T.E.R:R.A.I.N - Taranaki Educational Resource: Research, Analysis and Information Network

Cytisus proliferus (Tree Lucerne)

Kingdom: Plantae
(Unranked): Angiosperms
(Unranked): Eudicots
(Unranked): Rosids
Order: Fabales
Family: Fabaceae
Subfamily: Faboideae
Tribe: Genisteae
Genus: Cytisus
Species: C. proliferus
Binomial name: Cytisus proliferus
Synonyms: Chamaecytisus palmensis, Chamaecytisus proliferus, Cytisus palmensis.
Common name: Tree Lucerne, Tagasaste

Cytisus proliferus is a small spreading evergreen tree that grows 3-4m high. It is a member of the Fabaceae (pea) family and is indigenous to the dry volcanic slopes of the Canary Islands but it is now grown in Australia, New Zealand and many other parts of the world as a fodder crop. It can be found in waste areas and along roadsides. 
It is an evergreen shrub that has rough yellow-grey bark and velvety hairy young growth. Its leaves are composed of 3 greyish green equal sized leaflets, which are slightly paler on the underside. Its scented, creamy white flowers form in small clusters in the leaf axils. Its flat pea-like pods are green, ripening to black. The seeds are tiny (45,000/kg) shiny and black. Tree lucerne is considered to be a promiscuous legume. It will nodulate with a wide range of rhizobia.

Tree Lucerne is suited to sandy, well-drained soils of pH range 5-7. On deep, freely drained soils its roots can extend down to at least 10 metres. It will tolerate winter temperatures as low as -9°. Tree Lucerne leaves will be burnt by frost and seedlings can be killed at temperatures below 0°C. The growth of mature trees will slow at winter temperatures below 20°C. Tree Lucerne can tolerate temperatures up to 50°C, but above 36°C leaves close up from stress.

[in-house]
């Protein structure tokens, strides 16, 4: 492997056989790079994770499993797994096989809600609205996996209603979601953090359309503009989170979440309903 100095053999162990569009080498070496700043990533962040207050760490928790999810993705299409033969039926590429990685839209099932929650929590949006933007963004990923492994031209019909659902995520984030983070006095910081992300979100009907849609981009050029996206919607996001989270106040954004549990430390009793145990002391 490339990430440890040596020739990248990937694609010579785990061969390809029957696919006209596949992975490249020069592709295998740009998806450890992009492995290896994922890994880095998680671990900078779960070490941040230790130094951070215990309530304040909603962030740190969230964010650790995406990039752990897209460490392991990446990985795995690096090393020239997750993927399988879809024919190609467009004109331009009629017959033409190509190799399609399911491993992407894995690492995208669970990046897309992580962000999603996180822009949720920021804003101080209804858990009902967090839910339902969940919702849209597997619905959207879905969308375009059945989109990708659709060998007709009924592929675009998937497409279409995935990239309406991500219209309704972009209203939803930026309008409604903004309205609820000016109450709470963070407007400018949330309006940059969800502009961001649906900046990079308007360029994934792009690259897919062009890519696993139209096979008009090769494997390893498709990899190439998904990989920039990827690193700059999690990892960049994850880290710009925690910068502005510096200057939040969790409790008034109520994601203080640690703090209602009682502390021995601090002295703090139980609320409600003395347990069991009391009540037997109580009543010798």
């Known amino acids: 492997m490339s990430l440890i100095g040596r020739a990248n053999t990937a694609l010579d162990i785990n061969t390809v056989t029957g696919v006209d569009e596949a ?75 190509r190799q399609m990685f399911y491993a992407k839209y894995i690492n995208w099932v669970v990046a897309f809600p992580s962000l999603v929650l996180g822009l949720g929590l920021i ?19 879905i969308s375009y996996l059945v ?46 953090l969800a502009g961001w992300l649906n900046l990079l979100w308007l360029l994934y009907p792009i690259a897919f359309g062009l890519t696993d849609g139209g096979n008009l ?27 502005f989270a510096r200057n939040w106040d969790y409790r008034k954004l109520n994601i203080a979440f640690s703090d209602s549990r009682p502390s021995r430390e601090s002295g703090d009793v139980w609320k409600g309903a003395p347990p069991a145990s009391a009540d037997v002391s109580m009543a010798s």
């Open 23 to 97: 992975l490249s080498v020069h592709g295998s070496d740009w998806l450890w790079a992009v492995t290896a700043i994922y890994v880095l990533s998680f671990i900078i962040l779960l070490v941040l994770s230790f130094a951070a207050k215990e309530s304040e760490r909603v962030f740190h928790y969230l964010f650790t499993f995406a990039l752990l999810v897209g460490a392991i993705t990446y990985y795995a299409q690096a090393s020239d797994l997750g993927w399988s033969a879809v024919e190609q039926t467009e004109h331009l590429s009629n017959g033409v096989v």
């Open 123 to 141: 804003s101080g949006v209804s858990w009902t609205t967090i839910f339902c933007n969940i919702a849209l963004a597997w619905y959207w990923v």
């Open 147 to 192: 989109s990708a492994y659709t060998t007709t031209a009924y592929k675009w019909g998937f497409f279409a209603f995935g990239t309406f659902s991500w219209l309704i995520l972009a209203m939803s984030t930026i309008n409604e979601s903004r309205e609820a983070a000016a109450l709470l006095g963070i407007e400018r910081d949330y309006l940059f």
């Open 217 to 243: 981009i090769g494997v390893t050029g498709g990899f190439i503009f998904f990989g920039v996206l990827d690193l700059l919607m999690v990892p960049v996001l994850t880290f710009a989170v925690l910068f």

Tree Lucerne has two types of roots. There are a few large 'sinker' roots that can extend down to at least 10 metres. These are used to extract moisture from that depth during the long dry summers. There are also many 'feeder' roots that are mostly confined to the top 11/2 metres. These can extend out at least 15 metres from the trunk. They extract mineral nutrients from the soil, and also water in winter. In summer the soil water can be taken up at depth by the sinker roots, drawn into the shallow feed roots and then pumped into the soil. This 'hydraulic lift' allows the Tree Lucerne to keep extracting nutrients from the shallow soil which would otherwise be too dry. This hydraulic lift is also seen in the banksii shrubs which have a similar root design.

Tree Lucerne can be used as a fodder crop and it is a favourite food of the New Zealand native wood pigeons.



New leaves.

The under-surface of a leaf.

Thanks to Wikipedia for text and information: